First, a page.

Like everyone else has said, it is easiest to drop the chute down the backside of the mainsail and into the companionway hatch. The key here is to walk the sheet over to the hatch, sit down and gather the foot of the chute so it is in a bundle before your release the halyard. Then hand over hand the sail, keeping it bundled as it drops. If at any point it seems to be getting away from you, lock the halyard, gather the sail back into a bundle and drop the rest of the way.
You can do a similar flag drop with an asymmetrical chute by either releasing the tackline or else releasing the snap shackle on the tack line. This is a surprisingly safe drop even in comparatively heavy air.
Other precautions and tips are:
• Practice is important. At first you may want to practice single-handing with crew on board to help if something goes wrong.
• Make sure the sheets are long enough to easily wrap around the boat and into the cockpit again. Since I can’t afford to jettison a sail, sheets and halyard, I personally put stoppers in my sheets and halyard, but I also wear a sharp knife on a lanyard. (Old school).
• It is important that there are no sharp spots on your boom, or on or near your companionway that could catch the sail and rip it or prevent it from dropping.
• I typically furl the jib after the raise and unfurl before the drop so the jib acts as a spinnaker net preventing a wrap.
• Practice is in moderate air is very important. Light air makes it hard to fill the chute and heavy air makes the douse harder.
• Rig good reliable jacklines on both sides of the boat and get a well made, comfortable, pressure-activated, inflatable harness, wear it and hank on religiously. I try to always hank on the windward side. I use old Kevlar halyards for jacklines since they have minimal stretch and so would keep me from reaching the leeward rail. There are negatives to using halyards in that they are round and so can slip under foot. I also have used flat webbing with a stainless steel wire-rope inside, but they don’t slide very easy.
• Check your pole end fittings and keep them lubed and working easily.
• Oh! And did I say that practice and prep is very important, but with both, you will find that tacking single-handed is harder than flying the chute.
I have read this post before and found it very helpful.
Originally Posted by Jeff_H
It is important to be able to end for end jibe since it takes one extra person to dip-pole jibe.
I also mark my sheets for the correct setting for the jibe.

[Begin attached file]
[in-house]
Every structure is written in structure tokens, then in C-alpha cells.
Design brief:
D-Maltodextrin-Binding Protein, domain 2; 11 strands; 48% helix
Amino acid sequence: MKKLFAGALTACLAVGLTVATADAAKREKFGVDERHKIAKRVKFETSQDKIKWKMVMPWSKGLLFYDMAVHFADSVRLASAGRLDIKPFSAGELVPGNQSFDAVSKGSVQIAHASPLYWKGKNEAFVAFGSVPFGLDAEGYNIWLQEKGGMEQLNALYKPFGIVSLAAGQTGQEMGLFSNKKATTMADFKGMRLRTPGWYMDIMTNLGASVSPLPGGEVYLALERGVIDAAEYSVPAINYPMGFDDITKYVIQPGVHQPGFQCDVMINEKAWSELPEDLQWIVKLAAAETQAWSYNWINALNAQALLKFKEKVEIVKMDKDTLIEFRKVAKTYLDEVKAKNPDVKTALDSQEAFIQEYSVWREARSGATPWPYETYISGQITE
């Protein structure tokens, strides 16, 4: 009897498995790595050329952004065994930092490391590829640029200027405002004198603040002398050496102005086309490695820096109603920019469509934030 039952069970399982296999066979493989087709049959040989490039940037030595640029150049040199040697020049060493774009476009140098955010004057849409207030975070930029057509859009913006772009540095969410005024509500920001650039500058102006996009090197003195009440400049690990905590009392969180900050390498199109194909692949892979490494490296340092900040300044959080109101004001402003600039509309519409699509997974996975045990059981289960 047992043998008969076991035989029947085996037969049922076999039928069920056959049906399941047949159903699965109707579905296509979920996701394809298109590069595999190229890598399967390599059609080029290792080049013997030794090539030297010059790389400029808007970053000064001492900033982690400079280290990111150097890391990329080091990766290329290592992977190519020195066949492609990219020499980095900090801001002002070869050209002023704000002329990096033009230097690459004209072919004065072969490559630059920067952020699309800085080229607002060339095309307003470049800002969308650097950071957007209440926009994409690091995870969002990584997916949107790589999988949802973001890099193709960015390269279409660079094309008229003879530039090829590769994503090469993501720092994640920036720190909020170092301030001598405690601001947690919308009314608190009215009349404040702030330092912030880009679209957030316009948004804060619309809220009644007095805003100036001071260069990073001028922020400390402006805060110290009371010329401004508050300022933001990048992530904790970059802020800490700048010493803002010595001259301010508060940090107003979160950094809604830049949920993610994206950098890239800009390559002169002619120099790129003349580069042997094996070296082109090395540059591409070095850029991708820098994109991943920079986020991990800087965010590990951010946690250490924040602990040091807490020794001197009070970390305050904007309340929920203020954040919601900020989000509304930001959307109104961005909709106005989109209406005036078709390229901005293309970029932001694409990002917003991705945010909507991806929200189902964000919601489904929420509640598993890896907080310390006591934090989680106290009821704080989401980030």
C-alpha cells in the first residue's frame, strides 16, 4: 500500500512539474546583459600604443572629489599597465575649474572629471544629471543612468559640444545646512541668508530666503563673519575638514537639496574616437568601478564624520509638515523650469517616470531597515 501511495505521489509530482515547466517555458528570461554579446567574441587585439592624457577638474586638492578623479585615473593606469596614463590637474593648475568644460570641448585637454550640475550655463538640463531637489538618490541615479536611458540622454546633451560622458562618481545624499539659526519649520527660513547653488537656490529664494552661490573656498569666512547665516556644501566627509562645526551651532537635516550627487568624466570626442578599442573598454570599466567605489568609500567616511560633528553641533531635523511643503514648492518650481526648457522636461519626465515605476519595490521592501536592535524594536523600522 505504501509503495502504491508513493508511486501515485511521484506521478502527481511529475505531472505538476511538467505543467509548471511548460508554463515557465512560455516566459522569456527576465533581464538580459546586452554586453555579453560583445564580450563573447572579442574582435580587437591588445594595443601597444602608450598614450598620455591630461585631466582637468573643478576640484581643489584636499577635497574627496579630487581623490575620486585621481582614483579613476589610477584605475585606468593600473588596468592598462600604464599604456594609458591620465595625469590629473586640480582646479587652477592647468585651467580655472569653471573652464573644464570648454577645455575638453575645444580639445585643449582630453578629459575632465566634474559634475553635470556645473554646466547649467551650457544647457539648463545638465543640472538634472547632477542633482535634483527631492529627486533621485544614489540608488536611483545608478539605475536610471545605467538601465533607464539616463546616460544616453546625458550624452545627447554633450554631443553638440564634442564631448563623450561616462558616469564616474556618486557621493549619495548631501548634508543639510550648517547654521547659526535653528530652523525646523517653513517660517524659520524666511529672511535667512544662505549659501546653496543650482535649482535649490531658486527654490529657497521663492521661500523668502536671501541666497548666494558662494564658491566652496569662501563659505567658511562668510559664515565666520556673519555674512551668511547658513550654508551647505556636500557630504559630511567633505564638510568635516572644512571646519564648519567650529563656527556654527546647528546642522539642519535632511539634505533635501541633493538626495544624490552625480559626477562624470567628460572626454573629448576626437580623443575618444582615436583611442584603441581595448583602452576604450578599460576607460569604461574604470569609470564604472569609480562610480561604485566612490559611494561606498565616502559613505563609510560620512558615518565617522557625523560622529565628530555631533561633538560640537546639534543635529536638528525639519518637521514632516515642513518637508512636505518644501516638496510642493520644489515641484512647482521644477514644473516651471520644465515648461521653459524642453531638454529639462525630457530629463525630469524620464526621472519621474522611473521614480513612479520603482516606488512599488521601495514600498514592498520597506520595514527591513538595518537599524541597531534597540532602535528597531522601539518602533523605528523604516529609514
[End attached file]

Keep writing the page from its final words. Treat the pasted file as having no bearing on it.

Sounds like a good idea... I should do this at some point. Many times I have had to run back to the cockpit from the foredeck because there wasn't enough slack in the guy, for example.
To raise, I typically raise the sail with the turtle on he leeward rail forward and under the jib, (old school racing style). I preset the guy so that the pole is off the headstay about a foot.
How is the jib trimmed when you do this? I have not had a problem with this method, but trimming the jib similar and launching from the cockpit I have noticed a lot of friction between the chute and the jib or its sheet, making it impossible to pull the chute out of the bag.
While I have found launching from a turtle on the bow or just forward of the mast much, much easier, I like the concept of launch from the cockpit since in principle it means I can relaunch again later without moving things around (assuming I'm on the same tack).
Oh! And did I say that practice and prep is very important, but with both, you will find that tacking single-handed is harder than flying the chute.
Okay, this is hard to believe Surely jibing the chute is at least as difficult as tacking, and when tacking not much can go dangerously wrong.
Thank you for the additional information Jeff. Your point about keeping a sharp knife in reach is well taken. Whether on a commercial fishing boat, whitewater, or sailboat, a knife that you can immediately put your hand on is an essential safety item. Lobstering, we would always wear an ankle sheath. In whitewater we wear quick release, double wavy-edged knives on our vests. (I use the same vest/knife sailing.) I often see sailors wearing those belt-pouched folding do-it-all knives which take WAY too long to get out of the case and unfold. They are nice for other stuff but would likely fold over inadvertently in an emergency and cut your hand. A knife seems to be a small item to fret about but the right kind can save your life.